One of the most common myths that I hear is that you need to start a club to be competitive for a BS/MD program. Why isn’t this true?
Applying to college, and BS/MD programs in particular, is not about doing things just to look good on a college application. The typical student that starts a club gets a few of their friends together to start the club. The will hold the occasional meeting and when the student graduates, the club dies. Colleges see this scenario thousands of times each application season. Does this sound impressive to you?
Now, if there is something you are interested in and a club is not available at your local high school, then starting a club is fine. But what is more important than starting a club is developing the club. If you develop the club so it is growing each year, and have a significant number of members, and is an active club that continues to grow and thrive even after you graduate, that is much better. A club like this shows that you truly have an interest in the area and aren’t just doing things to look good to a college. And the club you start does not need to be focused on health care, science, research or anything of interest to a BS/MD program. BS/MD programs and highly selective colleges in general, are looking for interesting, motivated, students. Any type of club that you spend significant time developing, can meet this criteria.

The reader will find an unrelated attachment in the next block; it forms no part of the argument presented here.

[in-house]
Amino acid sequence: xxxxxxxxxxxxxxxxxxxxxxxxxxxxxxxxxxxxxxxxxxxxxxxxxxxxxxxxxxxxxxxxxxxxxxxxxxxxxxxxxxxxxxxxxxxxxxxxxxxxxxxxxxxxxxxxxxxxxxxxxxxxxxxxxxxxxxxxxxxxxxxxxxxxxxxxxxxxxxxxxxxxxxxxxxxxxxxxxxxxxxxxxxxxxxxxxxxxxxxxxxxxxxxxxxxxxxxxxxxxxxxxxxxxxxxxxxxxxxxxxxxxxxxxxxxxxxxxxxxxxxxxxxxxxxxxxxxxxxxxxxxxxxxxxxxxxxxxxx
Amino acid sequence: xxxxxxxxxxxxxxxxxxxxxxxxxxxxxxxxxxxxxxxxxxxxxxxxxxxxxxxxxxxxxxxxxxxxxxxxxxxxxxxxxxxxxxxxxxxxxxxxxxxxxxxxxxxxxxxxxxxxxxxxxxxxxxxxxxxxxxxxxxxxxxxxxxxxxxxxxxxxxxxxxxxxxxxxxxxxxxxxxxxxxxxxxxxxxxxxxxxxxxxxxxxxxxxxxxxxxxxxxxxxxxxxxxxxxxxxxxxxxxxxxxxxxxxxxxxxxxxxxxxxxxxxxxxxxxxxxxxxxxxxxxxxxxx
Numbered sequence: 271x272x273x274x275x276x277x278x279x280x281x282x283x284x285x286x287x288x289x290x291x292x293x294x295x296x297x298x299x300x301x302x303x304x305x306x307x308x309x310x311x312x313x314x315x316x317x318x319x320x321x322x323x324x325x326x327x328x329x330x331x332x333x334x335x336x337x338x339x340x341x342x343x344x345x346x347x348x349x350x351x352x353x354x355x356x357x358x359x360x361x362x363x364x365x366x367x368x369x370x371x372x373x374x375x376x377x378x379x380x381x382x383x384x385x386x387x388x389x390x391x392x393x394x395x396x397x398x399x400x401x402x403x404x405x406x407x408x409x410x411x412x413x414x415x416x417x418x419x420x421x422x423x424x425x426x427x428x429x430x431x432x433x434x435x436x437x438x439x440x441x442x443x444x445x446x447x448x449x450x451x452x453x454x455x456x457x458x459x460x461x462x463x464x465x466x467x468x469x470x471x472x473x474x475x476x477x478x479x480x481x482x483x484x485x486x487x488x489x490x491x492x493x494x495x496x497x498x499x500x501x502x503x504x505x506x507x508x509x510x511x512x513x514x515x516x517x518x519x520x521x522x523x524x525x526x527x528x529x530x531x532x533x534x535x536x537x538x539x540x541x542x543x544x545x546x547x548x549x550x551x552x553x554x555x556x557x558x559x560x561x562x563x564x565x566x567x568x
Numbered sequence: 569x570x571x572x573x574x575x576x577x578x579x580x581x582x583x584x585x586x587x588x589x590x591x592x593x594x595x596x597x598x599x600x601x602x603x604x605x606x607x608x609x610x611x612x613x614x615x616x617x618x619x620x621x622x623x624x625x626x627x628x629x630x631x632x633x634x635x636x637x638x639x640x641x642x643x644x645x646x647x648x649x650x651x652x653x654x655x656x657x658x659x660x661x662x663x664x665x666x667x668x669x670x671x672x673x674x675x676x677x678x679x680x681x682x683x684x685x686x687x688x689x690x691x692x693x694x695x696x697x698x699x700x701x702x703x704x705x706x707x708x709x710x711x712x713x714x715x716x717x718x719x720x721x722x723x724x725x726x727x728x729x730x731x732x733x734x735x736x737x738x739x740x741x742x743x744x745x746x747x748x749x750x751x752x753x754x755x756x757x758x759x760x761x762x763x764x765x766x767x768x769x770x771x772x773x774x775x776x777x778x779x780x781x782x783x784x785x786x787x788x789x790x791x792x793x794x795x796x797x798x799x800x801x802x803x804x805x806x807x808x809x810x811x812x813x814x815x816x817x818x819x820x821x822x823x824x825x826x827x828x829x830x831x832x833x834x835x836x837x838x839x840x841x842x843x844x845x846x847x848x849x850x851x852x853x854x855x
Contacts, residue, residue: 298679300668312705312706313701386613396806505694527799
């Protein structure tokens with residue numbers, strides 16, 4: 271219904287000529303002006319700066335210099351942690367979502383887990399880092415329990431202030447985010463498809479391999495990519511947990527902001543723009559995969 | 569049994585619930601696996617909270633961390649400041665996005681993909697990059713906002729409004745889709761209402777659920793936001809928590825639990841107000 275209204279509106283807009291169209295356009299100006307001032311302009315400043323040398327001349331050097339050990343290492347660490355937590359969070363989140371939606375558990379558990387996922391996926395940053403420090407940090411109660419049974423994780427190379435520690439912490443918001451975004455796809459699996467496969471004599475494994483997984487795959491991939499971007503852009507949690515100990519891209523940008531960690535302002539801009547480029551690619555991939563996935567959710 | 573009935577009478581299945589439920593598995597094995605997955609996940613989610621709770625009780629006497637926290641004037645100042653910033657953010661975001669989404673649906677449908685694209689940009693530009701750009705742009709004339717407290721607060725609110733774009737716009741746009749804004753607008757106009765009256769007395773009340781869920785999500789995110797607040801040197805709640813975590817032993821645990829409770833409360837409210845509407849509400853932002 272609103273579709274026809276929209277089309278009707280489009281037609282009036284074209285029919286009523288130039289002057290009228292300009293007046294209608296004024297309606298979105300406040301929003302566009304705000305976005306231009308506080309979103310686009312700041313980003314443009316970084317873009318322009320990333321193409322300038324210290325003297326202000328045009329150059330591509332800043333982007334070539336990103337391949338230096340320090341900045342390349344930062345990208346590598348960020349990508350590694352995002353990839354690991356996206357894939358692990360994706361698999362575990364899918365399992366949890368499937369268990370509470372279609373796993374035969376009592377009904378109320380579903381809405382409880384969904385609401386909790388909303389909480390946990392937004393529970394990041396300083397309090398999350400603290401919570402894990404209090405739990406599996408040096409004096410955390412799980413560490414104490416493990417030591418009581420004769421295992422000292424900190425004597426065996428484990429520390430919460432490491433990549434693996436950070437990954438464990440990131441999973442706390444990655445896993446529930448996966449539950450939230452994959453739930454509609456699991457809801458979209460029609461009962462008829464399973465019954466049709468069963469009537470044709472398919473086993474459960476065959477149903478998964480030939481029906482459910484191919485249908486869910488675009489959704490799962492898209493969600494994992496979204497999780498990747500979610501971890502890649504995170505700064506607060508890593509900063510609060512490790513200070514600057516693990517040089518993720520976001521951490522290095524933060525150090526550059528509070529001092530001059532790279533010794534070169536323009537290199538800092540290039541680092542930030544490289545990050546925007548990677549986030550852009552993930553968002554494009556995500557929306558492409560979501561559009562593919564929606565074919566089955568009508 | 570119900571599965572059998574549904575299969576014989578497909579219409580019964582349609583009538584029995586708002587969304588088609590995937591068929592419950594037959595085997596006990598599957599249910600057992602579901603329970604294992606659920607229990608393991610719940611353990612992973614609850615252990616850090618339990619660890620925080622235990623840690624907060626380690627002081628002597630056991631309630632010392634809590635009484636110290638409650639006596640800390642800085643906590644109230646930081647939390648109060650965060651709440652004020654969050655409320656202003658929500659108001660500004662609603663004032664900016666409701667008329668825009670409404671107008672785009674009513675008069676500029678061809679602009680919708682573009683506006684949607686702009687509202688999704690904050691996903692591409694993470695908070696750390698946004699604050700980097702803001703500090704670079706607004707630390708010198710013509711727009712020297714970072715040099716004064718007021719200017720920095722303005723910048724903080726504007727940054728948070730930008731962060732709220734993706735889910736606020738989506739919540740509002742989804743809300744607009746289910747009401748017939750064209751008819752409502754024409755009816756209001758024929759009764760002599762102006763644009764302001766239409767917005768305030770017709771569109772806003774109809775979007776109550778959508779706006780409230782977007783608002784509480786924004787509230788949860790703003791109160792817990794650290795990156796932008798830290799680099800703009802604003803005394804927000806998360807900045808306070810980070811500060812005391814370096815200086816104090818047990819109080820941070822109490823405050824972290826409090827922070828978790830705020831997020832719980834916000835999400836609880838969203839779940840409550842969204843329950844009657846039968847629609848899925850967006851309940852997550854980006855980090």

Most of my students that have been successful in getting admitted to BS/MD programs did not start a club. And I see many students that have started a club, not get admitted.
If you want to start a club in your high school because you think such a club will provide an outlet for students who are interested in a particular topic, and are willing to put in the work to grow the club, go for it. But if not, focus your efforts on other parts of your background and develop your interests in other ways.